Parallax Background Images

Recently, I made my first foray into the popular parallax on websites fad. My needs were simple: I needed to make background images move at a different rate than the content that sat on top of them when scrolling occurred. This was the first type of parallax I saw on the web and the most intriguing to me. I figured that there would be a lot of already built libraries to make this easy. Looking through the parallax libraries though, the most popular ones were quite complex or didn’t do what I wanted. I did find a couple of scripts that just handled the background image parallax, but I had some problems getting them working, and they didn’t work with vertically centered images.

In the end, I took ideas from those scripts and some articles to create my own parallax script. With my class library removed, the script would look like the following:

var ParallaxBackground = function(_opts){
    jQuery.extend(this, _opts);
    if(this.elm){
        this.constructor.window.on('load resize scroll', jQuery.proxy(this._changeHandler, this));
    }
};
ParallaxBackground.window = jQuery(window);
jQuery.extend(ParallaxBackground.prototype, {
    elm: undefined
    ,calcType: 'centeredStart'
    ,movementRatio: 0.8
    ,_changeHandler: function(){
        var _viewportHeight = this.constructor.window.height();
        var _viewportTop = this.constructor.window.scrollTop();
        var _elmHeight = this.elm.outerHeight();
        var _elmTop = this.elm.offset().top;
        var _range = _elmHeight + _viewportHeight;
        var _calcOffset = _elmTop - _viewportHeight;
        var _diff = -((_viewportTop - _calcOffset) - _range);
        var _bgPosition;
        if(_diff > _range){
            _bgPosition = 100;
        }else if(_diff < 0){
            _bgPosition = 0;
        }else{
            _bgPosition = (_diff / _range) * 100;
        }
        switch(this.calcType){
            case 'centered':
                _bgPosition = 50 + (_bgPosition - 50) * this.movementRatio;
            break;
            case 'centeredStart':
                if(typeof this._startOffset === 'undefined'){
                    var _startingPosition = this.elm.css('background-position-y');
                    if(_startingPosition.indexOf('%') !== -1){
                        _startingPosition = parseInt(_startingPosition,10);
                    }
                    this._startOffset = -1 * (50 + (_bgPosition - 50) * this.movementRatio - _startingPosition);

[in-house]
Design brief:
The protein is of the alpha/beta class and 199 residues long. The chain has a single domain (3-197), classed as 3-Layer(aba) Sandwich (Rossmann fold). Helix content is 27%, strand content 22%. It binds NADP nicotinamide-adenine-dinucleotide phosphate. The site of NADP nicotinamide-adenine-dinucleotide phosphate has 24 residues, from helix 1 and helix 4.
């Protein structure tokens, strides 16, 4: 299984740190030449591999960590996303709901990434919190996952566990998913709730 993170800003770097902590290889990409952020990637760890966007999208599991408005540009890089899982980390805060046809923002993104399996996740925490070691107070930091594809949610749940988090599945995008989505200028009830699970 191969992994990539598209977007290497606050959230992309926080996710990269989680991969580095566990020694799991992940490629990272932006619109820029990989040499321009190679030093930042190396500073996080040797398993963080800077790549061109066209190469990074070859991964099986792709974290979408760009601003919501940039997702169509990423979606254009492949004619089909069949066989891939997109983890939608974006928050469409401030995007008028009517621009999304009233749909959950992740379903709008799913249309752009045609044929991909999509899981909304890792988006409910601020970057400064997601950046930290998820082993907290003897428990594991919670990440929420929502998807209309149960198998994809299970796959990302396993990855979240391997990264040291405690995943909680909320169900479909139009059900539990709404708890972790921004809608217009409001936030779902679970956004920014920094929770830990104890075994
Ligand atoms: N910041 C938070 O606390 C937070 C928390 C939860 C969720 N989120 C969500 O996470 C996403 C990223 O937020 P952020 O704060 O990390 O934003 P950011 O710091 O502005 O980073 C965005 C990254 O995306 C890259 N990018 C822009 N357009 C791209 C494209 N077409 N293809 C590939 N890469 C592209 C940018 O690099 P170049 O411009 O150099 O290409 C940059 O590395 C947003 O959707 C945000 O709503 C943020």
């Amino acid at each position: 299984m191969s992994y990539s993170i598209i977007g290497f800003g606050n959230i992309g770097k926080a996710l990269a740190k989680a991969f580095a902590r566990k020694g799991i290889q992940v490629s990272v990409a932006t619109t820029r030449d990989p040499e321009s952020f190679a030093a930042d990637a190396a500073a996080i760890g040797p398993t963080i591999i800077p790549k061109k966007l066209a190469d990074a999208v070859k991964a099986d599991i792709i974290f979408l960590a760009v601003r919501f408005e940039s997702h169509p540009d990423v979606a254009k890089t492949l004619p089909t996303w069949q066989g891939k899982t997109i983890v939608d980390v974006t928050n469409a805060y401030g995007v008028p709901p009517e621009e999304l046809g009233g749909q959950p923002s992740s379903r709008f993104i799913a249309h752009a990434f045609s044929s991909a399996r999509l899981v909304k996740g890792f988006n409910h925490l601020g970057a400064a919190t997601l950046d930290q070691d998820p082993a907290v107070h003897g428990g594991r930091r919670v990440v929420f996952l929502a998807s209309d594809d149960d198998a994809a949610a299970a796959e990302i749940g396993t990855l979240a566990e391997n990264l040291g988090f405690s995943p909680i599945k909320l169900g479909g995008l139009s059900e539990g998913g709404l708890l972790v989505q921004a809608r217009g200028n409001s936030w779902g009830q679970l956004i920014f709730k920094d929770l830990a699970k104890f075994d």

}
                _bgPosition = 50 + (_bgPosition - 50) * this.movementRatio + this._startOffset;
            break;
        }

        this.elm.css('background-position', 'center ' + _bgPosition + '%');
    }
    ,_startOffset: undefined
});

To use on an element with a class ‘elm’, you would have CSS something along the lines of:

.elm{
    background: no-repeat center center;
    background-image: url('/images/bg.jpg');
    /* insert browser prefixes */
    background-size: cover;
}

and would instantiate the class something like:

jQuery(function(){
    var _instance = new ParallaxBackground({elm: jQuery('.elm')});
});

What the script does is listen on the window object for ‘load’, ‘resize’, and ‘scroll’ events. When these occur, it does some calculations based upon where the element is relative to the viewport, where the image just touching the top of the viewport is one end of the range and its top touching the bottom of the viewport is the other. The calculations are used to modify the background-position-y of the element to one side or the other of 50%. The movementRatio affects the rate of movement. The ‘centered’ calcType does a straight calculation around 50%, but this was causing a jump on page load. The default calcType, ‘centeredStart’, adds an offset so that the initial position is centered, removing the jump with the given CSS.

The math took me a little while to figure out, and the effect seems to become more subtle the narrow the viewport, but it worked well enough for the project I was working on. That project is not yet live, but I’ll link to it when it is as a demonstration. [The original project is no longer live, and we aren’t using it on other sites that I can think of.]

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Toby

I am a quiet person from Northeast Ohio. I work as a web developer. I like computers, music, and many other things.

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